The employees are being sent to Chelan Fruit's other facilities in the region, Riggan said. "Our other plant in Chelan is fully operational," he said.

Washington is by far the nation's largest apple producer, and the industry produced more than 140 million cartons of apples last year, of which perhaps 6 million remain in warehouses, Riggan said.

"It's not a major loss to the industry," Riggan said. "It is to us."

Washington farmers grossed about $2 billion from the apple crop last year, and late-season apples tend to sell at a discount as buyers are waiting for new fruit, he said.

The air was clouded with smoke in Spokane, about 150 miles east of the Chelan fire, on Monday. Air quality was expected to remain in the "unhealthy for sensitive groups" range for at least the next couple of days because of the Chelan fire and other fires, according to the Spokane Regional Health District, which serves the metropolitan area of nearly 500,000 people.

"Smoke from wildfires is especially harmful for those with health conditions like asthma. We recommend that people who are sensitive to poor air quality limit their time outdoors," said Dr. Joel McCullough, the local health officer.

Meanwhile, the Washington National Guard joined the firefighting efforts in the state after a request for assistance from the state Department of Natural Resources (DNR).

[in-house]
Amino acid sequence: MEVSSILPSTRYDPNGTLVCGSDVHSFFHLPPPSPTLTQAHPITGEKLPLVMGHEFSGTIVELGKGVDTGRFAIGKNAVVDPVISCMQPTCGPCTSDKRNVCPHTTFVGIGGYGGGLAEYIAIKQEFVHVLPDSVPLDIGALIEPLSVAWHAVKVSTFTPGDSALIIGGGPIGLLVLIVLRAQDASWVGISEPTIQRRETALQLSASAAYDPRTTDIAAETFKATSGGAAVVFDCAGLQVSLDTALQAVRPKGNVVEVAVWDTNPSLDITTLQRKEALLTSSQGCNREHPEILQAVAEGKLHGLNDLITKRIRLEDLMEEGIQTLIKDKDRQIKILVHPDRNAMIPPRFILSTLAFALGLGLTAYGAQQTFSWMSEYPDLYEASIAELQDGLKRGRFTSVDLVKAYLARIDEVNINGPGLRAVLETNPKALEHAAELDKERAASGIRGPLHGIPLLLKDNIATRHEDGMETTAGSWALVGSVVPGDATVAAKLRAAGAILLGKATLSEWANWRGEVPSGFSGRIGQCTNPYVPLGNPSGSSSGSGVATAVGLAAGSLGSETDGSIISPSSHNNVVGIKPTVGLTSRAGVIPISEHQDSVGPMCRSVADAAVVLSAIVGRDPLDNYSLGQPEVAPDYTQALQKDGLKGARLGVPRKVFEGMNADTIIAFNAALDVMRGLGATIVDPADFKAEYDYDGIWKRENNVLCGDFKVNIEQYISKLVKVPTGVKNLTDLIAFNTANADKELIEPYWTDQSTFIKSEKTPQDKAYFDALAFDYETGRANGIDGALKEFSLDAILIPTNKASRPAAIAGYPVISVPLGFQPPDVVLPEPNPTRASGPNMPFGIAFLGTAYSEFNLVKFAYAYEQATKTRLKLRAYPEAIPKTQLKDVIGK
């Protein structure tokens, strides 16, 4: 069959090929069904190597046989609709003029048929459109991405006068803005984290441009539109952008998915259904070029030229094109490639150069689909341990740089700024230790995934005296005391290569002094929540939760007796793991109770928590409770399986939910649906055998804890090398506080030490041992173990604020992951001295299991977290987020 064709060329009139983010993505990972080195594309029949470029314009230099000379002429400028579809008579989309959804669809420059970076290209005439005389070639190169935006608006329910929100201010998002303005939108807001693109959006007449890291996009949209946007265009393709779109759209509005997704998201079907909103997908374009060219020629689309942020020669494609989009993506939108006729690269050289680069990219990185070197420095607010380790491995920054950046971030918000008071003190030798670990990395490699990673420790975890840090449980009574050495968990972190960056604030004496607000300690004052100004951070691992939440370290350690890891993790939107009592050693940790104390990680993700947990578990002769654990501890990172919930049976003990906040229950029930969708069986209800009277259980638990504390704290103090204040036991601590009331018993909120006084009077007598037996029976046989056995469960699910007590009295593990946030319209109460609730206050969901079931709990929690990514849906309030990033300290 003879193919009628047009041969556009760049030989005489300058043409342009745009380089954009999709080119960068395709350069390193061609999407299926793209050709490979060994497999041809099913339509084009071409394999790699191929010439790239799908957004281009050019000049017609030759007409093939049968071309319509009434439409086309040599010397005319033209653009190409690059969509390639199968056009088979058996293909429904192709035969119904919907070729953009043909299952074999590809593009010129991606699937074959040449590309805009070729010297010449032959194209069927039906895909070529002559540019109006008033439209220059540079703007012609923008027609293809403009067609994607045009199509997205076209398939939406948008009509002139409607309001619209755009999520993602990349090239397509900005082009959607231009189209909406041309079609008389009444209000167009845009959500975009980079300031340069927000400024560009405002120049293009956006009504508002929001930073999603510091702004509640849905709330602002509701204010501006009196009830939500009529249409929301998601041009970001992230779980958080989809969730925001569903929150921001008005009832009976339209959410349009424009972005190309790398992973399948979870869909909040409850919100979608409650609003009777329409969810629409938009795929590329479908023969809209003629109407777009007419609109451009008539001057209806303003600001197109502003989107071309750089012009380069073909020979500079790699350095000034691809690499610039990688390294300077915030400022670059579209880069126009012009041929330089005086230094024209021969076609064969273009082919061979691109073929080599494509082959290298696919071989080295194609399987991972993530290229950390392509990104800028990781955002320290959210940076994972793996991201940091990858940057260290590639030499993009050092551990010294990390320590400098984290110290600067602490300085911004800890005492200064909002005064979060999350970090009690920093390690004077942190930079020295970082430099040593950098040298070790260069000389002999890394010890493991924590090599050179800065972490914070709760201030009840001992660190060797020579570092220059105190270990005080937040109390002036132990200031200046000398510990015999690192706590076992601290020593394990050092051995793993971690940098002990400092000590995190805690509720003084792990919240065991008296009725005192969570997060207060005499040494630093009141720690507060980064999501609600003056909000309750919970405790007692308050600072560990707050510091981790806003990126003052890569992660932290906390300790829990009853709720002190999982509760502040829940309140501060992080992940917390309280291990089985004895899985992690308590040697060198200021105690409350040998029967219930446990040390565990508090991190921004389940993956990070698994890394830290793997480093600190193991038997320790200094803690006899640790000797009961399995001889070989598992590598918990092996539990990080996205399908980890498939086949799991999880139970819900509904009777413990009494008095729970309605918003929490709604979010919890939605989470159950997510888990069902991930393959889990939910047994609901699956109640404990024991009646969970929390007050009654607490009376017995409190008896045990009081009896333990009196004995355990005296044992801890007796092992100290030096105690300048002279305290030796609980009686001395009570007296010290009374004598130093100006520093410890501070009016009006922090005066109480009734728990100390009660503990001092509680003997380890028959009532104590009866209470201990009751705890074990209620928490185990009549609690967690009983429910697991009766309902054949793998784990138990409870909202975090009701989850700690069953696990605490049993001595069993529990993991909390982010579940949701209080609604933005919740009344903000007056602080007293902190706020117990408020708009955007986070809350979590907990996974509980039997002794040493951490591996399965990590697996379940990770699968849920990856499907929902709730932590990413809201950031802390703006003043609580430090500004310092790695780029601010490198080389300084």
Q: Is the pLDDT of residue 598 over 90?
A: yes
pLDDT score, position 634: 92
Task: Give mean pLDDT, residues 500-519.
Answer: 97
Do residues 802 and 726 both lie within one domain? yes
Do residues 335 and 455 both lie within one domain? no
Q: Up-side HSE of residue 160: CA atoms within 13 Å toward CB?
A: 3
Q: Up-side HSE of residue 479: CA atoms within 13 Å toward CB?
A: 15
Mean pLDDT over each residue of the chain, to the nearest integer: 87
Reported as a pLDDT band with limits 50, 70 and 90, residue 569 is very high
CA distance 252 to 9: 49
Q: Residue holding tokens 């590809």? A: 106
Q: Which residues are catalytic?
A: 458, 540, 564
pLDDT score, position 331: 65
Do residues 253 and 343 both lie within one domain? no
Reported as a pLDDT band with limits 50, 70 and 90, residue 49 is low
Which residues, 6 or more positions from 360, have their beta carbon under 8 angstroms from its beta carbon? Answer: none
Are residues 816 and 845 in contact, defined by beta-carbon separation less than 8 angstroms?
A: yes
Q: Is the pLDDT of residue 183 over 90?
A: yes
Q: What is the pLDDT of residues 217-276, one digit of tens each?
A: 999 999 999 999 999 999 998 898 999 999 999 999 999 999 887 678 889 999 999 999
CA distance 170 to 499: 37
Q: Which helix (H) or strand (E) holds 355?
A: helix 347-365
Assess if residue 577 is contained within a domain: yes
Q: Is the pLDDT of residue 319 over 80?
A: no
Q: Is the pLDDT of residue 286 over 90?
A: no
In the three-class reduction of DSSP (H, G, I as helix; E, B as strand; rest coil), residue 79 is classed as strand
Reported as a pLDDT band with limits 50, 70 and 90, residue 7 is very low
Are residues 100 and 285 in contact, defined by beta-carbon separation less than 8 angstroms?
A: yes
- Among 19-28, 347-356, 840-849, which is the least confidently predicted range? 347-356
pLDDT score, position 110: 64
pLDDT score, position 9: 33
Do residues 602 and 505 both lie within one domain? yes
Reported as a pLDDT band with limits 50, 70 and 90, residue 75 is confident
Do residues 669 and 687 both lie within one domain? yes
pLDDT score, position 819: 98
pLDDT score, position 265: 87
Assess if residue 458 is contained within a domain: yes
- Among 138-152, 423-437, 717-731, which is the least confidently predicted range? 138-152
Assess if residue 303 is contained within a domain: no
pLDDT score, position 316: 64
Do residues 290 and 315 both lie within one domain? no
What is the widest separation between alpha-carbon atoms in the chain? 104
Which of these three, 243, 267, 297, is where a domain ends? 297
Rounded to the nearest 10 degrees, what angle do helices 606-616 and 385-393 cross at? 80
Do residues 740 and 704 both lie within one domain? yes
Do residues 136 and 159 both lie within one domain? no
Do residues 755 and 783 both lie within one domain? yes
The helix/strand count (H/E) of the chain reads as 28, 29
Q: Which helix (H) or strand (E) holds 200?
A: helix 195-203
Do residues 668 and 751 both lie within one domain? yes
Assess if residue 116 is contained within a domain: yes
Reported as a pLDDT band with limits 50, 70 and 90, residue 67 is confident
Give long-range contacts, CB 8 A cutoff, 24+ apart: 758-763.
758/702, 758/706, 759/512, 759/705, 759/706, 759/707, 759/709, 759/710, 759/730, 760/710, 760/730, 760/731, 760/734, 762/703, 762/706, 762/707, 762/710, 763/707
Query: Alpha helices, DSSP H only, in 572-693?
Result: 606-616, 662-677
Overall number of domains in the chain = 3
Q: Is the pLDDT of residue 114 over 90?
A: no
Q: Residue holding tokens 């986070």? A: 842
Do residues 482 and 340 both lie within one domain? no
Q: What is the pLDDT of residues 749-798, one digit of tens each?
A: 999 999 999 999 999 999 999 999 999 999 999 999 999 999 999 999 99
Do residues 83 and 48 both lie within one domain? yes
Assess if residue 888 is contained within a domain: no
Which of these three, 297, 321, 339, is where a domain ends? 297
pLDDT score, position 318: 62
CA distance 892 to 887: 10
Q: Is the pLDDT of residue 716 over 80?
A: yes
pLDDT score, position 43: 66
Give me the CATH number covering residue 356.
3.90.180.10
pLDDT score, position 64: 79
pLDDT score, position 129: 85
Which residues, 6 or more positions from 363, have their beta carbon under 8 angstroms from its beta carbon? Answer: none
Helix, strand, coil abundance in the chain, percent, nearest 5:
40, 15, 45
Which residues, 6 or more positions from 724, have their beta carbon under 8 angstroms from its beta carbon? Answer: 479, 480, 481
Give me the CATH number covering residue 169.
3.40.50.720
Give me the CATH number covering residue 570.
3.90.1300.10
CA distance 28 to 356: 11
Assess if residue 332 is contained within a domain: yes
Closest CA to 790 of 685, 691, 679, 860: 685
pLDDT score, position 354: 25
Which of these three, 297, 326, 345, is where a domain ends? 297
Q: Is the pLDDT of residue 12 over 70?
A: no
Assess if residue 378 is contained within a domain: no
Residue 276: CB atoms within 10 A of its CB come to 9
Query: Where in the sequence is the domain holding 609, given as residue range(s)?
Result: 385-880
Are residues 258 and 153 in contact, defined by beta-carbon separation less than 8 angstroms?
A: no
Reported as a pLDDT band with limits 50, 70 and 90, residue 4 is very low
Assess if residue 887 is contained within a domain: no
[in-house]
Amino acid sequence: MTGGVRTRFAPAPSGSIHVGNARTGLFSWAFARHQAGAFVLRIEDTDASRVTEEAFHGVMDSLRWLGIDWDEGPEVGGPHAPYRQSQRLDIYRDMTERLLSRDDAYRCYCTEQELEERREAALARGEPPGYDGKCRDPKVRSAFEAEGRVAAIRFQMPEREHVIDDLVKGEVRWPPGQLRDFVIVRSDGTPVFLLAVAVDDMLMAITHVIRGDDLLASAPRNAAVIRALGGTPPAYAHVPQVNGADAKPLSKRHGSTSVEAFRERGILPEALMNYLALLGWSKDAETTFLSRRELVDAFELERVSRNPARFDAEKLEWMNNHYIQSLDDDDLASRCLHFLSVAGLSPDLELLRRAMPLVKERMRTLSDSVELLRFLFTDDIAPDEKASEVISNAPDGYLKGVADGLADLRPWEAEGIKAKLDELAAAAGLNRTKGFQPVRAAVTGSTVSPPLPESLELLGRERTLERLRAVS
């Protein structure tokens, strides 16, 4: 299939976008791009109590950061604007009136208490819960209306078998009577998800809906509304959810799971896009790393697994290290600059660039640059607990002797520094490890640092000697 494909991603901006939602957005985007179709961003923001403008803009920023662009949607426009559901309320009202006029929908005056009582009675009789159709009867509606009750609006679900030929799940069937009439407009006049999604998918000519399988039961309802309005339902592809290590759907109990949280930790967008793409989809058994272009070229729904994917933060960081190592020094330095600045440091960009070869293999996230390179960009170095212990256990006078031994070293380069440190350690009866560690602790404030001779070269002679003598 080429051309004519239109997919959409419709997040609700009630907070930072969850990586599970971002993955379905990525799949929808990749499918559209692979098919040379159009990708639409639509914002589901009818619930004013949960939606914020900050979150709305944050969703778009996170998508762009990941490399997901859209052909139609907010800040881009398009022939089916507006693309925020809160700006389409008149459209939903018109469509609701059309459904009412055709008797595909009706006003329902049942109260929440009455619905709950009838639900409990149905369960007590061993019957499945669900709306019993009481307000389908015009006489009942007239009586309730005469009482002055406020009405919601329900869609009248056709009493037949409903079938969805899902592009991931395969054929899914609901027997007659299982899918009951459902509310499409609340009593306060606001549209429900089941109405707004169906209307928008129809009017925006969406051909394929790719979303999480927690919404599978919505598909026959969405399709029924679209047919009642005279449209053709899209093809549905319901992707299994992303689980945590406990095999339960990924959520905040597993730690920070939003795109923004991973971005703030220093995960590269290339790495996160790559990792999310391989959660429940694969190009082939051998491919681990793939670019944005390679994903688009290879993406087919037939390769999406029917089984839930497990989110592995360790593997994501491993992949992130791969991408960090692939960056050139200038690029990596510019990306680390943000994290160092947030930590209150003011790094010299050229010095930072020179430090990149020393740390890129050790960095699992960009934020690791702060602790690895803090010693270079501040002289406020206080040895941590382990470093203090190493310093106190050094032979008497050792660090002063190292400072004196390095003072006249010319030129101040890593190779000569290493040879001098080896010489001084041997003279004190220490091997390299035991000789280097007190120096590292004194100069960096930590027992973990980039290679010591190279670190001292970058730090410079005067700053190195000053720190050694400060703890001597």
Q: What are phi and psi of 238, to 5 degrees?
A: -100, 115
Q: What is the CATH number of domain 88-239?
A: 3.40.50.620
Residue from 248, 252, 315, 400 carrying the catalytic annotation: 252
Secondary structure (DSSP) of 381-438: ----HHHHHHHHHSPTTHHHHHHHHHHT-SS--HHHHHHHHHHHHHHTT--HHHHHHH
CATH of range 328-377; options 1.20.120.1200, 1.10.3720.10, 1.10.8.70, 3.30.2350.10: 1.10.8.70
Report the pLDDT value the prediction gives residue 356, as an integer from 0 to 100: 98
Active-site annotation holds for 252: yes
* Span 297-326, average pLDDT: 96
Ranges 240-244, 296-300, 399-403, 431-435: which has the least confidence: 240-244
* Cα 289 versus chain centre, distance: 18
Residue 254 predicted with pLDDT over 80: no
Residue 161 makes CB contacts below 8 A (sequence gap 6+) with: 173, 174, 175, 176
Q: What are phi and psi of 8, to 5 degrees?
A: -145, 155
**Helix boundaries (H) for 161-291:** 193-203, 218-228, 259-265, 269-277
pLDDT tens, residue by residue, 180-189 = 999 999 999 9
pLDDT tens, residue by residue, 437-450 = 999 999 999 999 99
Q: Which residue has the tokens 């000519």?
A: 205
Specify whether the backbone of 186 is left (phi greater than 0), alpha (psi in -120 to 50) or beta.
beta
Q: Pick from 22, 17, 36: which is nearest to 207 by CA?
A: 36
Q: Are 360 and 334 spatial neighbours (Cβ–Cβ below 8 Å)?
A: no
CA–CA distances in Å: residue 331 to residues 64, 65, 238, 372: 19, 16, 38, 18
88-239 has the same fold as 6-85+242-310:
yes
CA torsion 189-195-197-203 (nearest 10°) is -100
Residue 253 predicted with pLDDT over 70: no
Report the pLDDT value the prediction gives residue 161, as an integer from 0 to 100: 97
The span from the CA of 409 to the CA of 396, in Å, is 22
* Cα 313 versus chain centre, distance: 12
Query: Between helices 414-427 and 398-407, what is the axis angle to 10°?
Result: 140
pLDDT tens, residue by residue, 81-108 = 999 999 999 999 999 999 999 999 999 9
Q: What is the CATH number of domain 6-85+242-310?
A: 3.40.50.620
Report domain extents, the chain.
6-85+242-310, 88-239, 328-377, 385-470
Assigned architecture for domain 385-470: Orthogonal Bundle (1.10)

Two Black Hawk helicopters arrived Friday, and five 20-person hand crews arrived Sunday evening to join 350 firefighters battling one of the state's most active fires, Cougar Creek, on the southeastern slopes of Mount Adams.

"The Guard's help now is vital," said Mary Verner, Washington state DNR's deputy for wildfire.

"We've been expecting another devastating wildfire season, and have had our personnel and equipment ready so we can get them out the door the moment we're asked for help," said Maj. Gen. Bret Daugherty, commander of the Washington National Guard.

Elsewhere, more than 40 homes were lost near the town of Kamiah in northern Idaho, and in Oregon a lightning-sparked blaze on the Malheur National Forest has grown to more than 60 square miles and has destroyed at least 26 homes.

In Idaho, more than 700 firefighters along with 40 fire engines and four helicopters were trying to protect homes from flames. But residents along an 11-mile section of U.S. Highway 12 were told to be ready to flee.

On the Idaho-Oregon border, about 800 firefighters had a 443-square-mile wildfire 70 percent contained. However, fire officials warned that strong winds and low humidity, which can cause extreme fire activity, were likely to hit southern Idaho throughout most of Monday. The week-old fire has scorched grassland needed for cattle and primary habitat for sage grouse, a bird under consideration for federal protections.

Better weather helped firefighters battling wildfires in eastern Oregon. Though the fires are far from contained, higher humidity and lighter winds slowed the spread of the flames Sunday.

--The Associated Press contributed to this report.